language-sensitive editorcomputing dictionary

<software application>

An editor that is aware of the syntactic, semantic and in some cases the structural rules of a specific programming language and provides a framework for the user to enter source code. Programs or changes to previously stored programs are incrementally parsed into an abstract syntax tree and automatically checked for correctness.

Acronym: LSE

(01 Feb 1995)

language skillseducation dictionary

The ability to comprehend receptive language and use expressive language to communicate. A student who has good spoken language skills will more easily master reading and writing skills.

(14 Jan 2009)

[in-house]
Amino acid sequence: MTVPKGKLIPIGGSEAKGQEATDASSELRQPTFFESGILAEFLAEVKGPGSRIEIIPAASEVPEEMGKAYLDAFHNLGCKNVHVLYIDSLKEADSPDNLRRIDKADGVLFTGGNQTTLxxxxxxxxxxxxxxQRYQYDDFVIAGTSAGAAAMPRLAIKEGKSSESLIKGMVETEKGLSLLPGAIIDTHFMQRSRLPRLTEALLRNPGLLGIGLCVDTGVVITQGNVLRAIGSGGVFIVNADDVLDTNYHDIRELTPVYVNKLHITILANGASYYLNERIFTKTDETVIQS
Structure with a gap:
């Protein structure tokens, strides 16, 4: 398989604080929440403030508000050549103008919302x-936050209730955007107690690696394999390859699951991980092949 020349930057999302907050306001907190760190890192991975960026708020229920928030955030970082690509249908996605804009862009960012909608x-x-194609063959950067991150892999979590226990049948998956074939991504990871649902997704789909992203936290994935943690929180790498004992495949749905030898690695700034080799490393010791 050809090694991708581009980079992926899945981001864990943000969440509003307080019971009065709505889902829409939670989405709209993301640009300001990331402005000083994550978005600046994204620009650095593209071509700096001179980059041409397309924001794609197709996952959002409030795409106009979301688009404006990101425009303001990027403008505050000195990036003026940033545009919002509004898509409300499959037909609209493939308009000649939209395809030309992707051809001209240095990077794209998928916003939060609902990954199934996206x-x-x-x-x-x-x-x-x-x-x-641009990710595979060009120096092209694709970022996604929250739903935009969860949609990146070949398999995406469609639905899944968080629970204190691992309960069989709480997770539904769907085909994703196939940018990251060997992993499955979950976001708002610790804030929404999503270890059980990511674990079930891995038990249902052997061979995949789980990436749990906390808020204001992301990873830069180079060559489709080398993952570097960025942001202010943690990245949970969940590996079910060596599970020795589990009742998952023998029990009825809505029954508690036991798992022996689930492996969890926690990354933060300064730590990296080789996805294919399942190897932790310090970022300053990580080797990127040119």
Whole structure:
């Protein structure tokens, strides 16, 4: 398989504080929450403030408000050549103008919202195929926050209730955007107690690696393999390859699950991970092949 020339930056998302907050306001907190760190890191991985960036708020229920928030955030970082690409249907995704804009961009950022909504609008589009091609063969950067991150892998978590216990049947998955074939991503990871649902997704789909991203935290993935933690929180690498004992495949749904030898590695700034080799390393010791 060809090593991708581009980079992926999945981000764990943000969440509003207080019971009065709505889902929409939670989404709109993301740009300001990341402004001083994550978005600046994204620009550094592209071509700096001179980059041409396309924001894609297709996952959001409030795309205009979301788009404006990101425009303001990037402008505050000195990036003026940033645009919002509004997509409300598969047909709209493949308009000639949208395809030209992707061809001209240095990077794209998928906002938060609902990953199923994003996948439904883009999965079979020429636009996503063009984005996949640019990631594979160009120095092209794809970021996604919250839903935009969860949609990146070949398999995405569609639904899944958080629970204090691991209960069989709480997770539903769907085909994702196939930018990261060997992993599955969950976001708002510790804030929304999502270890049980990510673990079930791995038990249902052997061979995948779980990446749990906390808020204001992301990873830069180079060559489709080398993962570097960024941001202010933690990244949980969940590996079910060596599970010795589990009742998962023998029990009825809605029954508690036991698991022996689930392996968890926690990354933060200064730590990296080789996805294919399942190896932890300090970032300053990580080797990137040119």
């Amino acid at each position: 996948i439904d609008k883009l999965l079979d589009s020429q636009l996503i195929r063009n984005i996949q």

languages of choicecomputing dictionary

C and Lisp. Nearly every hacker knows one of these, and most good ones are fluent in both. Smalltalk and Prolog are also popular in small but influential communities.

There is also a rapidly dwindling category of older hackers with Fortran, or even assembler, as their language of choice. They often prefer to be known as Real Programmers, and other hackers consider them a bit odd (see "The Story of Mel"). Assembler is generally no longer considered interesting or appropriate for anything but HLL implementation, glue, and a few time-critical and hardware-specific uses in systems programs. Fortran occupies a shrinking niche in scientific programming.

Most hackers tend to frown on languages like Pascal and Ada, which don't give them the near-total freedom considered necessary for hacking (see bondage-and-discipline language), and to regard everything even remotely connected with COBOL or other traditional card walloper languages as a total and unmitigated loss.

(01 Jul 2002)